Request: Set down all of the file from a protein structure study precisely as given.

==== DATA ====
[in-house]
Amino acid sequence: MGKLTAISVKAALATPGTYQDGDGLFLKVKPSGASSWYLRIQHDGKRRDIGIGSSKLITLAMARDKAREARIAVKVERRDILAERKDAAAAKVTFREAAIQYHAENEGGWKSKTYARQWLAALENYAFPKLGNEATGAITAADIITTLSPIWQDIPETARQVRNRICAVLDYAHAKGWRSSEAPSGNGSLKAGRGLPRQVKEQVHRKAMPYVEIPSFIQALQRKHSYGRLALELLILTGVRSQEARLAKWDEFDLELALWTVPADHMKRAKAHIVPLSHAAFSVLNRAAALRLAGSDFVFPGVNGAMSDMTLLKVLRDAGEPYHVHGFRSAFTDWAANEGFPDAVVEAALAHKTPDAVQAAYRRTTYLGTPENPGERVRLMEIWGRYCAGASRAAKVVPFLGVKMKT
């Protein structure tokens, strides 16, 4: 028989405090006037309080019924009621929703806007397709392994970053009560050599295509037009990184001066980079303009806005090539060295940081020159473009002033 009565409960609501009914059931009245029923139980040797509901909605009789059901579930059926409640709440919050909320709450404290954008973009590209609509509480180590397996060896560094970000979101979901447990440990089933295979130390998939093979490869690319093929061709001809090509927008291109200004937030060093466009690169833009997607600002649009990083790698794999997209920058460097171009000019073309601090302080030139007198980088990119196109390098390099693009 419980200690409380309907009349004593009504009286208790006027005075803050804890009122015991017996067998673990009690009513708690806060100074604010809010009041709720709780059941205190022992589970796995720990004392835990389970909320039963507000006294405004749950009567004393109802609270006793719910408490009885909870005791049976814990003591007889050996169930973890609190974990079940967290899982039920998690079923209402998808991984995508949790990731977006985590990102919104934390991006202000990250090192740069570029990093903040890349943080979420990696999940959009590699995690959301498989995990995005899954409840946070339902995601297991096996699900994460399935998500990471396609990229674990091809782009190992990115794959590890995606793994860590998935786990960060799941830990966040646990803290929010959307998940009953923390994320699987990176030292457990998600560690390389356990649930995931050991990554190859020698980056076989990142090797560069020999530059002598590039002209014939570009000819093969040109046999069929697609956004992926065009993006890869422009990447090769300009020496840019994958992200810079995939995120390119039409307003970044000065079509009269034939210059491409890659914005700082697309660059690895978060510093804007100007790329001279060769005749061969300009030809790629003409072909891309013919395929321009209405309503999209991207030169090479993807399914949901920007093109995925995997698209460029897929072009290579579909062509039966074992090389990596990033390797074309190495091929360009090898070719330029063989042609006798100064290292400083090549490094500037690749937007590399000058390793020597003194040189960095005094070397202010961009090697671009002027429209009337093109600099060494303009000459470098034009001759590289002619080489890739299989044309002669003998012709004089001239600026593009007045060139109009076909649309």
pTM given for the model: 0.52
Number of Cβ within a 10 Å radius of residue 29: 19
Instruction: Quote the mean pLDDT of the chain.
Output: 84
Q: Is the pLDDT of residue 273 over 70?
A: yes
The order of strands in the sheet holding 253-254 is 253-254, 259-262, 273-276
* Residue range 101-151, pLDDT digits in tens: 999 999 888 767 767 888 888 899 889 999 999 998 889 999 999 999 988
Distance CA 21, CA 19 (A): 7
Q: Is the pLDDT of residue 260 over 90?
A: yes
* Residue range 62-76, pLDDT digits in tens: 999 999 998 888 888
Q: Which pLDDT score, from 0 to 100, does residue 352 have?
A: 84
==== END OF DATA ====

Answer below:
[in-house]
Amino acid sequence: MGKLTAISVKAALATPGTYQDGDGLFLKVKPSGASSWYLRIQHDGKRRDIGIGSSKLITLAMARDKAREARIAVKVERRDILAERKDAAAAKVTFREAAIQYHAENEGGWKSKTYARQWLAALENYAFPKLGNEATGAITAADIITTLSPIWQDIPETARQVRNRICAVLDYAHAKGWRSSEAPSGNGSLKAGRGLPRQVKEQVHRKAMPYVEIPSFIQALQRKHSYGRLALELLILTGVRSQEARLAKWDEFDLELALWTVPADHMKRAKAHIVPLSHAAFSVLNRAAALRLAGSDFVFPGVNGAMSDMTLLKVLRDAGEPYHVHGFRSAFTDWAANEGFPDAVVEAALAHKTPDAVQAAYRRTTYLGTPENPGERVRLMEIWGRYCAGASRAAKVVPFLGVKMKT
């Protein structure tokens, strides 16, 4: 028989405090006037309080019924009621929703806007397709392994970053009560050599295509037009990184001066980079303009806005090539060295940081020159473009002033 009565409960609501009914059931009245029923139980040797509901909605009789059901579930059926409640709440919050909320709450404290954008973009590209609509509480180590397996060896560094970000979101979901447990440990089933295979130390998939093979490869690319093929061709001809090509927008291109200004937030060093466009690169833009997607600002649009990083790698794999997209920058460097171009000019073309601090302080030139007198980088990119196109390098390099693009 419980200690409380309907009349004593009504009286208790006027005075803050804890009122015991017996067998673990009690009513708690806060100074604010809010009041709720709780059941205190022992589970796995720990004392835990389970909320039963507000006294405004749950009567004393109802609270006793719910408490009885909870005791049976814990003591007889050996169930973890609190974990079940967290899982039920998690079923209402998808991984995508949790990731977006985590990102919104934390991006202000990250090192740069570029990093903040890349943080979420990696999940959009590699995690959301498989995990995005899954409840946070339902995601297991096996699900994460399935998500990471396609990229674990091809782009190992990115794959590890995606793994860590998935786990960060799941830990966040646990803290929010959307998940009953923390994320699987990176030292457990998600560690390389356990649930995931050991990554190859020698980056076989990142090797560069020999530059002598590039002209014939570009000819093969040109046999069929697609956004992926065009993006890869422009990447090769300009020496840019994958992200810079995939995120390119039409307003970044000065079509009269034939210059491409890659914005700082697309660059690895978060510093804007100007790329001279060769005749061969300009030809790629003409072909891309013919395929321009209405309503999209991207030169090479993807399914949901920007093109995925995997698209460029897929072009290579579909062509039966074992090389990596990033390797074309190495091929360009090898070719330029063989042609006798100064290292400083090549490094500037690749937007590399000058390793020597003194040189960095005094070397202010961009090697671009002027429209009337093109600099060494303009000459470098034009001759590289002619080489890739299989044309002669003998012709004089001239600026593009007045060139109009076909649309």
pTM given for the model: 0.52
Number of Cβ within a 10 Å radius of residue 29: 19
Instruction: Quote the mean pLDDT of the chain.
Output: 84
Q: Is the pLDDT of residue 273 over 70?
A: yes
The order of strands in the sheet holding 253-254 is 253-254, 259-262, 273-276
* Residue range 101-151, pLDDT digits in tens: 999 999 888 767 767 888 888 899 889 999 999 998 889 999 999 999 988
Distance CA 21, CA 19 (A): 7
Q: Is the pLDDT of residue 260 over 90?
A: yes
* Residue range 62-76, pLDDT digits in tens: 999 999 998 888 888
Q: Which pLDDT score, from 0 to 100, does residue 352 have?
A: 84